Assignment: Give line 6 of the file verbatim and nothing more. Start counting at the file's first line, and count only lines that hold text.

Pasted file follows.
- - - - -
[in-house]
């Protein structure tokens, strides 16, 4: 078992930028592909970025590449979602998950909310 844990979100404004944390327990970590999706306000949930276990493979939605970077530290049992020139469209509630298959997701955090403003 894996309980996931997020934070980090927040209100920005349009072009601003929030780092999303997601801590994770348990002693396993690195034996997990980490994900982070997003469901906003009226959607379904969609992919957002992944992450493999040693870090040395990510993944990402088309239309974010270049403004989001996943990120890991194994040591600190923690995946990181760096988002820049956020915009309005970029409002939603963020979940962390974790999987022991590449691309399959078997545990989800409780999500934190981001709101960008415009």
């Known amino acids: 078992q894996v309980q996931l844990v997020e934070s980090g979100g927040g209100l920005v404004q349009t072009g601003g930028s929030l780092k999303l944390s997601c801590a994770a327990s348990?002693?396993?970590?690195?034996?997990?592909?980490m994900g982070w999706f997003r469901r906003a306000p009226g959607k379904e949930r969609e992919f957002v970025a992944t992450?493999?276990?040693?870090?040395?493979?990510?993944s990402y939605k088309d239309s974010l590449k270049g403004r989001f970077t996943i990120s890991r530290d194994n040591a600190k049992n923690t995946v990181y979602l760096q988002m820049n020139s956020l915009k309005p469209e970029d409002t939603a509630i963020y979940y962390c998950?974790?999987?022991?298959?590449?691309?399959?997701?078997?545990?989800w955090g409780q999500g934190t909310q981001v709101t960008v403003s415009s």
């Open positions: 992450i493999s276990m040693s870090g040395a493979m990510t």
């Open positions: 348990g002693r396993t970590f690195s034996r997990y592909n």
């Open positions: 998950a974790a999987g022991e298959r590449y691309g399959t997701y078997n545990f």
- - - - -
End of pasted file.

């Open positions: 998950a974790a999987g022991e298959r590449y691309g399959t997701y078997n545990f």